Formal communication not only took place within the organisation but also take place between external environment i.e company may supply information to customers, investors, government, financial institutions and public for establishing mutual understanding and better public relations.
Formal Communication Networks –
- Circle Network – In case of circle network , the message moves in a circle. Here each individual communicates with two others located on both the sides. This type of network offers a wider choice of channels and offers greater satisfaction to employees. But it is very slow, noisy and unorganized.
- Chain Network – under this network, the message flows to both side upside and downside. All the subordinates receive orders and instruction from one superior and reports to him .
- Wheel Network – under this network a number of subordinates report to one superior. It’s called wheel because all communication pass through the center person similar to the hub of wheel.it provides no direct communication among the subordinates. It is the fastest but the most authoritarian network.
- All channel Network- it represents free flow of communications i.e every member is allowed to communicate with each and every other member. It provides highest satisfaction and informal network.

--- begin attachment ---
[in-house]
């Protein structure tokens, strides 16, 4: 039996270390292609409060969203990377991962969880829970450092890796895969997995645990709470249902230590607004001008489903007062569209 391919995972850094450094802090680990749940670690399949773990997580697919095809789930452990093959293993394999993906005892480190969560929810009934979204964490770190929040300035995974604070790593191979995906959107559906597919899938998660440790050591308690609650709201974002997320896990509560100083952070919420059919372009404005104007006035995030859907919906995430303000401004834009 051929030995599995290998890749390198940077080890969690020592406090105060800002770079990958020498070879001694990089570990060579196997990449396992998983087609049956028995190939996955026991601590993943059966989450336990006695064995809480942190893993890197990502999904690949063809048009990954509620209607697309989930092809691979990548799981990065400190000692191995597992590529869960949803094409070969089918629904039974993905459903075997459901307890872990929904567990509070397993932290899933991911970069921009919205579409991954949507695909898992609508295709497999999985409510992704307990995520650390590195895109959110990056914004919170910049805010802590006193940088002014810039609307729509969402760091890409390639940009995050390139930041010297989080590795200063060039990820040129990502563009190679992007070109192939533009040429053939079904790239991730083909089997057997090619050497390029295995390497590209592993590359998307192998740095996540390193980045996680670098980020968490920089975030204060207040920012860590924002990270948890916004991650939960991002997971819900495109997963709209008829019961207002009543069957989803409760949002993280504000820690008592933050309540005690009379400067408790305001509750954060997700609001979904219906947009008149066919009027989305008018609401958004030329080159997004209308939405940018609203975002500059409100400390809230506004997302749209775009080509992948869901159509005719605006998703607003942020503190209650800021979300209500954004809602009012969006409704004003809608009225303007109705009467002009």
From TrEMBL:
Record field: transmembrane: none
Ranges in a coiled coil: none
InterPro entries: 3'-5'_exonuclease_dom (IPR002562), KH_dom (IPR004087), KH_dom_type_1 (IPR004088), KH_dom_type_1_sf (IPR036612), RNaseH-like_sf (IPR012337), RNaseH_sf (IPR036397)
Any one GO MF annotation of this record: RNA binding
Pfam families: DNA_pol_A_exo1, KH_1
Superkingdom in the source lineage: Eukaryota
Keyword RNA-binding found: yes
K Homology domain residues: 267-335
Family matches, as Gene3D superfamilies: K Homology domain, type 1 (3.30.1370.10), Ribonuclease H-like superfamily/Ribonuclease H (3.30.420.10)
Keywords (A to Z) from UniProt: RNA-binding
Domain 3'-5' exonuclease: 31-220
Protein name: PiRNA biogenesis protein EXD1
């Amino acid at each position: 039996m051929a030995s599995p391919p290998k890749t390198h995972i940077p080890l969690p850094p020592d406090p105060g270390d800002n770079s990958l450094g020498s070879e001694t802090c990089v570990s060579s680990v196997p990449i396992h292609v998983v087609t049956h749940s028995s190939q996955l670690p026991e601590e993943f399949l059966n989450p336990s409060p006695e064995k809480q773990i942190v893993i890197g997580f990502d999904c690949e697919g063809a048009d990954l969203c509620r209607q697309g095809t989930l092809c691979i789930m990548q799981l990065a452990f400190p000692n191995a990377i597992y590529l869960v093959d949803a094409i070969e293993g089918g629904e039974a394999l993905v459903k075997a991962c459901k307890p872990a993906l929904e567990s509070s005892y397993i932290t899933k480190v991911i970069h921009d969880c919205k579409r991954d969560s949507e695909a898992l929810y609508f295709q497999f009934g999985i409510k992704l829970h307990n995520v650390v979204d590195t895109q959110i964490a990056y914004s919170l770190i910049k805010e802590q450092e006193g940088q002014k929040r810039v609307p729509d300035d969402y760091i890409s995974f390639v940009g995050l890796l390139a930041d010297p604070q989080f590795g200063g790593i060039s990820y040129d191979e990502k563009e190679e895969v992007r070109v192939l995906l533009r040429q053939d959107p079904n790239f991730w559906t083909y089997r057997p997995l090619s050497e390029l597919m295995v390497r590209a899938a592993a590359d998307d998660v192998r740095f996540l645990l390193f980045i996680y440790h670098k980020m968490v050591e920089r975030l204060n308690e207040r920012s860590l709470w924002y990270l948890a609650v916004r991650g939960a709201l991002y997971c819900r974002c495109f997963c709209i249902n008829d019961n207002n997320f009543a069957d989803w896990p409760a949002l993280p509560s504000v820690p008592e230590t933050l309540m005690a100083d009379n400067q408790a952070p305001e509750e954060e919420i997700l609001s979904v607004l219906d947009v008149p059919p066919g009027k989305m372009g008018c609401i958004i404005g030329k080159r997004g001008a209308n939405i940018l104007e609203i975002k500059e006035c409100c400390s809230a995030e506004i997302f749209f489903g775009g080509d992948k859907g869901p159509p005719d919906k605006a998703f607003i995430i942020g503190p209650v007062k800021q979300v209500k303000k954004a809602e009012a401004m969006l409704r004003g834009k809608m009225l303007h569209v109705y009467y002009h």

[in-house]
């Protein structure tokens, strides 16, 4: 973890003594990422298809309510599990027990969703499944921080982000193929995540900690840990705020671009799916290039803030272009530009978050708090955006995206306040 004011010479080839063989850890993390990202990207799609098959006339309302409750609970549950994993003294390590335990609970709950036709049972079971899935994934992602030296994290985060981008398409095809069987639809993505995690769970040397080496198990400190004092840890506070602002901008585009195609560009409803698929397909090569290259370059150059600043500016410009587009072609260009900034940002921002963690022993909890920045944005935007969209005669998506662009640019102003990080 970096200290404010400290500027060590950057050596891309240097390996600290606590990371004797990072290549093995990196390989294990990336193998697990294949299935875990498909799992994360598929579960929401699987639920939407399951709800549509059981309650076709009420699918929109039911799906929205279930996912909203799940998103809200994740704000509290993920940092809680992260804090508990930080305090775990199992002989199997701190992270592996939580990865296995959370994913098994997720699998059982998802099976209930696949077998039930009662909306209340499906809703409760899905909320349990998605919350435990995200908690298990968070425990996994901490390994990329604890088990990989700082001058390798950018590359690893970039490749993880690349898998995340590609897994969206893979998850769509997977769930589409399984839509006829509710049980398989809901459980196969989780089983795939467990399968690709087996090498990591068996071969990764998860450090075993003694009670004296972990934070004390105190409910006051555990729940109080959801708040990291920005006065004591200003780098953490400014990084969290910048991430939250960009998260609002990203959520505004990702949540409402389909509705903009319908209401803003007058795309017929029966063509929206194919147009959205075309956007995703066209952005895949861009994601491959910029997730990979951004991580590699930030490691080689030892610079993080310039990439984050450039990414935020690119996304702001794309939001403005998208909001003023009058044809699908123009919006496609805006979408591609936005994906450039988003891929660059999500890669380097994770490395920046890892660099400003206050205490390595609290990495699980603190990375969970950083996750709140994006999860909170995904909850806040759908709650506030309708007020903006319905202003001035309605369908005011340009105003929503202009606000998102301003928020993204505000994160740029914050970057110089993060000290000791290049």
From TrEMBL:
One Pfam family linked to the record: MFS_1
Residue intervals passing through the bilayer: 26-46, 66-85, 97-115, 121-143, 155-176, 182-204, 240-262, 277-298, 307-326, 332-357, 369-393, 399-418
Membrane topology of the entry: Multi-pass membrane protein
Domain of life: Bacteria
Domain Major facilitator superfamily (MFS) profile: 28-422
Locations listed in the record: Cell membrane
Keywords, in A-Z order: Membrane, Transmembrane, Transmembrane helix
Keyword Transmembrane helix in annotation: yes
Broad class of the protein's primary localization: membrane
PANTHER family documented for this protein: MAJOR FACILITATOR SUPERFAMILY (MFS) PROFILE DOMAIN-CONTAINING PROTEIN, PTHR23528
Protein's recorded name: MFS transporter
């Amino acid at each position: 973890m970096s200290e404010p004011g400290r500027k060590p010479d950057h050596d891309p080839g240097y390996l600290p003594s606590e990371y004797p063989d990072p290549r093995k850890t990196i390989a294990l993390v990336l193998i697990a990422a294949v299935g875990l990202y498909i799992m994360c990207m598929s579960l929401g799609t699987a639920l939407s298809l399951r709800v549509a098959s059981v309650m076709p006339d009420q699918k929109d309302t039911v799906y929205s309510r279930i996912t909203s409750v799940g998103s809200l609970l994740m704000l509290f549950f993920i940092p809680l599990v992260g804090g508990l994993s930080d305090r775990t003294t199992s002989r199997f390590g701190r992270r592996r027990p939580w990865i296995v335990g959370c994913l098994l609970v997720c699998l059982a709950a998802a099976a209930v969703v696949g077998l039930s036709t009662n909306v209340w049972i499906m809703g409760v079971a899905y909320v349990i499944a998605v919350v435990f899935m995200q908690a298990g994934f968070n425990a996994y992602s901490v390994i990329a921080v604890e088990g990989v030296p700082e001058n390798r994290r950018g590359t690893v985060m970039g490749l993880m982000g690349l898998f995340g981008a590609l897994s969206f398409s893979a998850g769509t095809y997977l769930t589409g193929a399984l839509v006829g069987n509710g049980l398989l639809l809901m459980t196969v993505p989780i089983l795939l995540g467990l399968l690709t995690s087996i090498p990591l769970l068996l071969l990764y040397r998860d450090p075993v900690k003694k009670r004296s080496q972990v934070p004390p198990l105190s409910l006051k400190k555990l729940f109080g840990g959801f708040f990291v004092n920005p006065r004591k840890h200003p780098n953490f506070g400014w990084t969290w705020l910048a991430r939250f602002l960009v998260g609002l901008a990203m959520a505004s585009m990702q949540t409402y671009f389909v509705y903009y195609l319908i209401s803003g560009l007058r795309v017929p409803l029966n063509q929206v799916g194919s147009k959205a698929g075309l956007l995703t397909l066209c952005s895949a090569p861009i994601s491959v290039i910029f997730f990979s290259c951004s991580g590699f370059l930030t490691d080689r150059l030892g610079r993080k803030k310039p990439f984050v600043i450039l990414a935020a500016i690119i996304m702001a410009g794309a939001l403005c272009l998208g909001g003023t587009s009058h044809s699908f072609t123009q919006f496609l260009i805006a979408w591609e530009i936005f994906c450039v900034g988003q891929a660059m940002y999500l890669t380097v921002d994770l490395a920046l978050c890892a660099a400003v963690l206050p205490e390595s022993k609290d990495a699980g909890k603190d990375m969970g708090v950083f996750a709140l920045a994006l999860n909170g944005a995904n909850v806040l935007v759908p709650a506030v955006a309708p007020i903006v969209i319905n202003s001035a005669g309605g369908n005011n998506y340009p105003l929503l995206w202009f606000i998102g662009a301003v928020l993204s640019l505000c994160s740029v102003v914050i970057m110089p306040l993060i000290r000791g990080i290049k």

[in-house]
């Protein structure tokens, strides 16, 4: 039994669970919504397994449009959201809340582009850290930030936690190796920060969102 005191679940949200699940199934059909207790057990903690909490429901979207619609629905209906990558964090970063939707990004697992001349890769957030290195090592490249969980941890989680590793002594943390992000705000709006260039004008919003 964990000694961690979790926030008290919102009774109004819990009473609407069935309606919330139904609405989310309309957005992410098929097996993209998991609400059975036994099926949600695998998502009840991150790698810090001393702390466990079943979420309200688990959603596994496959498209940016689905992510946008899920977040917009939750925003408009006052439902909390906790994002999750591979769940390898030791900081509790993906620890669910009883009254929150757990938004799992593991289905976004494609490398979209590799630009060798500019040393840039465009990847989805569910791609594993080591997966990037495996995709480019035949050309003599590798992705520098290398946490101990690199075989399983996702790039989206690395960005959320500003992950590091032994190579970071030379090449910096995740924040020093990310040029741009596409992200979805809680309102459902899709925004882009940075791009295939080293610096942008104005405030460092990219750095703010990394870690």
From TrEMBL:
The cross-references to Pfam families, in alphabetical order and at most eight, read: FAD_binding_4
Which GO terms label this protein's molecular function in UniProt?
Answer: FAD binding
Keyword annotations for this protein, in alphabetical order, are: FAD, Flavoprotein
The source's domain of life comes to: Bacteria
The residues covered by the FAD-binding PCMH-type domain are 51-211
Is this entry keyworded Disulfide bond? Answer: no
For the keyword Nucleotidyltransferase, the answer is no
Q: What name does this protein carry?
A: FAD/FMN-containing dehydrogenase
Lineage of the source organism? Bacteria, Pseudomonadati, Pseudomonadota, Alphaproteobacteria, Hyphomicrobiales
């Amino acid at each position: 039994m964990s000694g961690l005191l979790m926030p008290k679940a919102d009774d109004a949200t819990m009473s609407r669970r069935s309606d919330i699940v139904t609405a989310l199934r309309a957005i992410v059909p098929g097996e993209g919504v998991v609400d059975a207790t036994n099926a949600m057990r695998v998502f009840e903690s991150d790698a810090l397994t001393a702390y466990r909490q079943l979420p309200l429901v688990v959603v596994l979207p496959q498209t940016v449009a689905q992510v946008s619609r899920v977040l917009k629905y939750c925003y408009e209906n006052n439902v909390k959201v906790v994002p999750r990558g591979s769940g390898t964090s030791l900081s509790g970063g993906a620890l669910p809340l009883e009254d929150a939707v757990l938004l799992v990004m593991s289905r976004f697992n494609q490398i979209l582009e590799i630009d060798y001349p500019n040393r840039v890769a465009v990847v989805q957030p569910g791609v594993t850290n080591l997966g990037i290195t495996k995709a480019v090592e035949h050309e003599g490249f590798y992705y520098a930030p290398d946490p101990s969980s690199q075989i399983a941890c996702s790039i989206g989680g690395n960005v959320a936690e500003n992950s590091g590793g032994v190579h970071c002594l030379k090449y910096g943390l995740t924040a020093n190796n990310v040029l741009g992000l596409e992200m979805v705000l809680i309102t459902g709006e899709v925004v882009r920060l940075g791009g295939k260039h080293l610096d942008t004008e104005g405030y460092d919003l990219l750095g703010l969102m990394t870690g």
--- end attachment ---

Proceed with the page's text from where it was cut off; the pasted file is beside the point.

- Y Network – under this style one person that may be head of the project is in center and that one person communicate with other person in the project. Both upward and downward communication take place
It takes place in informally and inter-personally between the employees of the organization. Members pass on information informally to others no set of channels are followed.
There is no barriers and any kind of boundaries in communication. It is multiple in nature same person is having relationship with several other persons in the organization.
It is technically known as Grapevine Networks. Widespread of rumours take place under this system of communication.
Grapevine channels carry information rapidly and , therefore may be useful to the manager to transmit information to know the reactions of his / her subordinates.
- The grapevine communication spreads rapidly and sometimes gets distorted . It is very difficult to detect the source of such communication.
- It also generates rumours . people behaviour is affected by rumours and informal discussions and sometimes may hamper work environment.
Grapevine communication may follow different types of networks , which are given below.
- Single strand network- a person communcates with other in sequence
- Gossip network- a person communicates with all on non- selective basis.
- Probability network- a person communicates randomly with others.